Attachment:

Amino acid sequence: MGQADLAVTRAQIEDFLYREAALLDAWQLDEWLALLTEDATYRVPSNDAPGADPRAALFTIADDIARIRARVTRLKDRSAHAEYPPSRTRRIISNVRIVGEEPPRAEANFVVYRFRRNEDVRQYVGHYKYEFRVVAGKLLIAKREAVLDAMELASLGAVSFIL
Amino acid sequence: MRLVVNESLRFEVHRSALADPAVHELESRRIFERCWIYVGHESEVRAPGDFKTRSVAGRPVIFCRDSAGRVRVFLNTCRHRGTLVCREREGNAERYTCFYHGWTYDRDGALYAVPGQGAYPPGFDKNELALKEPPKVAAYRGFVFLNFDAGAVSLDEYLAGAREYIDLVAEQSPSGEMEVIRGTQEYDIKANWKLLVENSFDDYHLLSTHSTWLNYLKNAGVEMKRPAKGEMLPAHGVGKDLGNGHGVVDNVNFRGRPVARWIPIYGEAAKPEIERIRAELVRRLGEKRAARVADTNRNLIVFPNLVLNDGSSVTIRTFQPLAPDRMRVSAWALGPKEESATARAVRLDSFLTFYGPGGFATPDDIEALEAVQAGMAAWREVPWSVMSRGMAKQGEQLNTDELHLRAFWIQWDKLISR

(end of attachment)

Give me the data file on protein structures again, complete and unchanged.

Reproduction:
Amino acid sequence: MGQADLAVTRAQIEDFLYREAALLDAWQLDEWLALLTEDATYRVPSNDAPGADPRAALFTIADDIARIRARVTRLKDRSAHAEYPPSRTRRIISNVRIVGEEPPRAEANFVVYRFRRNEDVRQYVGHYKYEFRVVAGKLLIAKREAVLDAMELASLGAVSFIL
Amino acid sequence: MRLVVNESLRFEVHRSALADPAVHELESRRIFERCWIYVGHESEVRAPGDFKTRSVAGRPVIFCRDSAGRVRVFLNTCRHRGTLVCREREGNAERYTCFYHGWTYDRDGALYAVPGQGAYPPGFDKNELALKEPPKVAAYRGFVFLNFDAGAVSLDEYLAGAREYIDLVAEQSPSGEMEVIRGTQEYDIKANWKLLVENSFDDYHLLSTHSTWLNYLKNAGVEMKRPAKGEMLPAHGVGKDLGNGHGVVDNVNFRGRPVARWIPIYGEAAKPEIERIRAELVRRLGEKRAARVADTNRNLIVFPNLVLNDGSSVTIRTFQPLAPDRMRVSAWALGPKEESATARAVRLDSFLTFYGPGGFATPDDIEALEAVQAGMAAWREVPWSVMSRGMAKQGEQLNTDELHLRAFWIQWDKLISR